Traveling-wave tubes provide high amplification, usually from 30 to 60 decibels (dB). The efficiency of medium-power and high-power tubes is not great (usually about 30 percent). For input amplification stages in a broad frequency band traveling-wave tubes are manufactured with an output power of 10−4 to 10 W and with low noise factors (3-20 dB). In addition to the tubes already discussed, tubes of the magnetron type are also in use.

REFERENCES

Pierce, J. R. Lampa s begushchei volnoi. Moscow, 1952. (Translated from English.)
Kovalenko, V. F. Vvedenie ν elektroniku sverkhvysokikh chastot, 2nd ed. Moscow, 1955.
Sretenskii, V. N. Osnovy primeneniia elektronnykh priborov sverkhvysokikh chastot. Moscow, 1963.
Zhukov, B. S., and S. A. Peregunov. Lampy begushchei volny. Moscow, 1967.

E. N. SMIRNOV

traveling-wave tube (TWT)

traveling-wave tube (TWT)click for a larger image
The helix slows down the propagation of electrons as they travel down the tube, the electrons will bunch, and reinforce the voltage in the helix, which creates amplification.
An electron tube in which a stream of electrons interacts continuously or repeatedly with a guided electromagnetic wave, moving substantially in synchronism with it and in such a way that there is a net transfer of energy from the stream to the wave. A TWT can be used to produce energy at ultrahigh and microwave frequencies by coupling some of the output back into input, or what is called a backward oscillator, because the feedback is applied opposite to the direction of the movement of electrons. This can produce about 20 to 100 mW of radio-frequency power at frequencies up to several gigahertz. The backward-wave arrangement can also be used for amplification, but the most common traveling-wave amplifier configuration is the parametric amplifier, which uses the forward-wave mode.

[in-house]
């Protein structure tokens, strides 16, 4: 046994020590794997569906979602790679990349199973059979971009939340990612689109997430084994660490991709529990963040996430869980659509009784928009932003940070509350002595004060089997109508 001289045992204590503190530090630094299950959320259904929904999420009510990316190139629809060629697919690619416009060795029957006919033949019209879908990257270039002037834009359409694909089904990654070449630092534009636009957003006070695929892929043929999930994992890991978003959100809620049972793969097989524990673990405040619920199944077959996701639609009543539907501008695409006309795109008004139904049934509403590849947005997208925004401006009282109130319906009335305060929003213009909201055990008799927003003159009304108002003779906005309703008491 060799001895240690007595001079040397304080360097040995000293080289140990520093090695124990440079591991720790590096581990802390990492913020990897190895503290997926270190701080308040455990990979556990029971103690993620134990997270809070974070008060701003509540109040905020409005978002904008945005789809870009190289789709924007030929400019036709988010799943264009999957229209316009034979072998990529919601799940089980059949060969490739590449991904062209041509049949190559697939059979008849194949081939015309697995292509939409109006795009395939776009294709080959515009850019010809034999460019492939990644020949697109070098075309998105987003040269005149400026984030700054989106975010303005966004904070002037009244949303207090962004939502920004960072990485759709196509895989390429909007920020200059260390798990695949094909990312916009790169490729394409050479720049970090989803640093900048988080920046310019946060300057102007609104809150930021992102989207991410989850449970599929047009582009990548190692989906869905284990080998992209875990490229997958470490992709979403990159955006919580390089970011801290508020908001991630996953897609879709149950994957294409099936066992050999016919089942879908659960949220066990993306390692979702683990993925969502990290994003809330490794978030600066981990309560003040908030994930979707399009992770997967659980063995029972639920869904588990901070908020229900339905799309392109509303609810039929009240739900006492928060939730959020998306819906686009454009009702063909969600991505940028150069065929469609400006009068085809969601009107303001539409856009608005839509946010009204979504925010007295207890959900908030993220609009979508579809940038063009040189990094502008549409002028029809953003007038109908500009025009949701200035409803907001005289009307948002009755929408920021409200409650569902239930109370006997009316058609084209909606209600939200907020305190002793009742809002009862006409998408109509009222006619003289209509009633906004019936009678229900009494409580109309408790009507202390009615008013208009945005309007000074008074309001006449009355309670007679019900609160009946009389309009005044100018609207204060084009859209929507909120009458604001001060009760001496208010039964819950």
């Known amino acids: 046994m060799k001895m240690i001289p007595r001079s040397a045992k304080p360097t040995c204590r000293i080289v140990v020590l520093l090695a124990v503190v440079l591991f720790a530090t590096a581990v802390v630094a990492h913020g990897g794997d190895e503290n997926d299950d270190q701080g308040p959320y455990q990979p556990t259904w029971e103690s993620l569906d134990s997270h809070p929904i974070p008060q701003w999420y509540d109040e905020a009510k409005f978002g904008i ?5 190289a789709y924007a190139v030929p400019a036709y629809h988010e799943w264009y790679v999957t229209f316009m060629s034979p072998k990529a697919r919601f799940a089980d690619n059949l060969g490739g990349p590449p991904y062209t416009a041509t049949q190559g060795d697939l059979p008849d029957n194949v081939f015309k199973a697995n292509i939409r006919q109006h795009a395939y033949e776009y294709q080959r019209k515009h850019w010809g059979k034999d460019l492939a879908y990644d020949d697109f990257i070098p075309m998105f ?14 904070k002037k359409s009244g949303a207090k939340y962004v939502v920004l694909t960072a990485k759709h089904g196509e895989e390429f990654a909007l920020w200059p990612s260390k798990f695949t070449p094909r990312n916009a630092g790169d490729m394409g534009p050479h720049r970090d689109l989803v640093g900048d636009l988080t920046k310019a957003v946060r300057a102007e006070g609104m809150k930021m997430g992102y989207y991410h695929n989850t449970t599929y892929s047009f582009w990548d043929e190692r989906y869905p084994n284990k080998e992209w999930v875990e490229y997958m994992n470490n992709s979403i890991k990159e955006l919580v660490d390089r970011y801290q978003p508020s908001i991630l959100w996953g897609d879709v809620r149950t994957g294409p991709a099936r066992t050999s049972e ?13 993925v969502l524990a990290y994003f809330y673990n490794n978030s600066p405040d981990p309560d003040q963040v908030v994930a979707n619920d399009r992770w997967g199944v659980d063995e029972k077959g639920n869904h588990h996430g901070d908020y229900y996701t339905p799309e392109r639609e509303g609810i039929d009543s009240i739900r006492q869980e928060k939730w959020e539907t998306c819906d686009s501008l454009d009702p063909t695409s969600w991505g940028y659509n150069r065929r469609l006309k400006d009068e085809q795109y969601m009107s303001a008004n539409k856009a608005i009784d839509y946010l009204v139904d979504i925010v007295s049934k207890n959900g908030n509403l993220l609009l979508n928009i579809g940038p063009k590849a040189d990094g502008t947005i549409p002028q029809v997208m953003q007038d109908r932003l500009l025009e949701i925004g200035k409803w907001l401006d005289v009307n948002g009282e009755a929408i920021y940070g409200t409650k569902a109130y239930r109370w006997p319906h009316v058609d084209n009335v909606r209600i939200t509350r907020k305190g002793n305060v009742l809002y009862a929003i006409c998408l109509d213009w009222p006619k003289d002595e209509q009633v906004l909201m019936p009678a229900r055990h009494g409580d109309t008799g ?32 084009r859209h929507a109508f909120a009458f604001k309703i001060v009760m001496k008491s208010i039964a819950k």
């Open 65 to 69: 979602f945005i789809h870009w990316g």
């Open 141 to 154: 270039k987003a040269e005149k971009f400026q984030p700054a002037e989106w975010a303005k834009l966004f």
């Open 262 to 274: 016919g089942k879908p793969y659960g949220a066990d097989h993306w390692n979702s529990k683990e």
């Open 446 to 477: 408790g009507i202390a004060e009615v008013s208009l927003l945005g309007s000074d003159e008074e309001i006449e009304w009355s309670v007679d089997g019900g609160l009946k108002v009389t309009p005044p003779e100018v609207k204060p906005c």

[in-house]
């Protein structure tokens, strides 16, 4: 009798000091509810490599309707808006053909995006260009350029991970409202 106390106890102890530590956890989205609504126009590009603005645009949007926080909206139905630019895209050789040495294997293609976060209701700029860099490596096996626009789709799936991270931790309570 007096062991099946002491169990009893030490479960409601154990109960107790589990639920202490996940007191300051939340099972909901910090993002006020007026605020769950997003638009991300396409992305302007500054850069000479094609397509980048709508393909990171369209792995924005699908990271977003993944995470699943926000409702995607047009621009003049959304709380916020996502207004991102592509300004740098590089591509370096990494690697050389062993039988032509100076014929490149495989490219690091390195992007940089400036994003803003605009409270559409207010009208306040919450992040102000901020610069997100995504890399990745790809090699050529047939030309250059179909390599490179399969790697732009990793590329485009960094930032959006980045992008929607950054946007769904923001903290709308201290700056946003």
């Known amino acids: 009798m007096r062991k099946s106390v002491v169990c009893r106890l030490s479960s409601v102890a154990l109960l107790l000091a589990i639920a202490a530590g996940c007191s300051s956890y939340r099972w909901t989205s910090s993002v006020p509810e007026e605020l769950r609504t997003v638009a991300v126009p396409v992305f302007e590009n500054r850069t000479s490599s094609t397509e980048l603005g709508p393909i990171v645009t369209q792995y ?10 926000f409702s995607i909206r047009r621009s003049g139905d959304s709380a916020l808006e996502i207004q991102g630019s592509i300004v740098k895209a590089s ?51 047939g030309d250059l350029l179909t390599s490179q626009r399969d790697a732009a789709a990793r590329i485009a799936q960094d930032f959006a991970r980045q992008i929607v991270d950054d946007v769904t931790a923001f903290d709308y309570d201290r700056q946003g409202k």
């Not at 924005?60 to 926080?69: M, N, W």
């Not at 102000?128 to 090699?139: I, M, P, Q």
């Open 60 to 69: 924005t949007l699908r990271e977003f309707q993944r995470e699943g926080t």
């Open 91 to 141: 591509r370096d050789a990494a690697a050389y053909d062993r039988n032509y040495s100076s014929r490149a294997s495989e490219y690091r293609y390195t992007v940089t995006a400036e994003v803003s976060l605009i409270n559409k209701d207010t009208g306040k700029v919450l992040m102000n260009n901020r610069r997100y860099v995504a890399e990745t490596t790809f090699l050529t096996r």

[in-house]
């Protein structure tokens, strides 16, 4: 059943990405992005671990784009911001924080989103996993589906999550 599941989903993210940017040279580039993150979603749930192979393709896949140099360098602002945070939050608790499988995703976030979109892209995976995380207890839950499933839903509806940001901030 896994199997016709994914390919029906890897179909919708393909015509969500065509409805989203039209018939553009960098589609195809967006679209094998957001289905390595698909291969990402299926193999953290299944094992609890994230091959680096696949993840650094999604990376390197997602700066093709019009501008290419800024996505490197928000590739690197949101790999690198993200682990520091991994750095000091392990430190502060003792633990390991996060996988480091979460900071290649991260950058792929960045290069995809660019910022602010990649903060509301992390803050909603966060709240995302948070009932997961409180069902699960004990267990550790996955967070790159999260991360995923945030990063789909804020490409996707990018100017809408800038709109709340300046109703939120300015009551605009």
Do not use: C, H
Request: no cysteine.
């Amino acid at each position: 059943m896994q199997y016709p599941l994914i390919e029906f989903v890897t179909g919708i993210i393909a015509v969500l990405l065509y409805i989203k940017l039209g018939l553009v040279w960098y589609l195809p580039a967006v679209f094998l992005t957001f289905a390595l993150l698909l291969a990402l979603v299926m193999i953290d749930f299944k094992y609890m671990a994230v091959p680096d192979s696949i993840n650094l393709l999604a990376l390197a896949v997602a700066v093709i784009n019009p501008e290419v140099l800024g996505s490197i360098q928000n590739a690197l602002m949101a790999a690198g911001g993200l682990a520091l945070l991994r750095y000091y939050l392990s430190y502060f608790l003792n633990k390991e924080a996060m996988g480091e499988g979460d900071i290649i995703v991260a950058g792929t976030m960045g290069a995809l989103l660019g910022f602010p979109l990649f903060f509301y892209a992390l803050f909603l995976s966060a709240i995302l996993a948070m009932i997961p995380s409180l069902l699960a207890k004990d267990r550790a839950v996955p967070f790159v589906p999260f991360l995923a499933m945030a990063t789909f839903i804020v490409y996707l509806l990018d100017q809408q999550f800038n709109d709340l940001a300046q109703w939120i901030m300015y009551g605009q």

References in periodicals archive ?
Designed for microwave, high intensity radiated field (HIRF), and radar testing, the high power pulse traveling-wave tube (TWT) amplifiers are used in satellite transponders, military, aerospace and many other applications.
Choi, "Analysis of a broadband Q band folded waveguide traveling-wave tube," IEEE Trans.
The helix traveling-wave tube (TWT) is one of the most important millimeter-wave radiation sources due to its outstanding combination of small size, light weight, high efficiency, good linearity, output power and large bandwidth [4].
Kory, "Simulation of cold-test parameters and RF output power for a coupled-cavity traveling-wave tube," IEEE Trans.
created the L-3 ETI Model 2300HE High Efficiency Space Traveling-Wave Tube Amplifier, for the Lunar Reconnaissance Orbiter (LRO) spacecraft.
This new amplifier technology holds the promise to serve as an alternative to traveling-wave tube amplifiers(6) in high-output applications, and may enable smaller, more energy-efficient, higher performance, and longer-lasting transmission systems in radars, satellite communications, and advanced mobile-phone base stations.
The UHF receiver channel is to be modemized by replacing the standard traveling-wave tube HF amplifiers with a solid-state HFA As a result, sensitivity of the target-acquisition and tracking radars will improve capabilities against low-radar-cross-section targets: unmanned aerial vehicles, cruise missiles, and stealth aircraft.
The model ITW-28GC-150WA 28 GHz, 150 W traveling-wave tube (TWT) is a high performance, single-beam unit for use in LMDS, wireless communications or satellite uplink amplifier service.
In addition, the dispersion curves of the two helix SWS are nearly parallel, although the interaction impedance of the novel helix SWS is smaller than that of the conventional helix SWS, we can increase the length of the interaction circuit to obtain higher power, wide-bandwidth, high reliability millimeter-wave traveling-wave tube.
The PTM6363 high voltage supply is intended for airborne applications and is configured to drive a single-depressed collector traveling-wave tube (TWT) with a cathode voltage of - 33 kV at a duty cycle of up to one percent.
It was powered by 3,600 solar cells (invented at Bell Labs in 1954), for example, and used a new traveling-wave tube (invented in Europe during World War II, but improved by Pierce at Bell Labs in the 1950s) as its microwave radio source.
Park, "Low-voltage operation of Ka-band folded waveguide traveling-wave tube," IEEE Trans.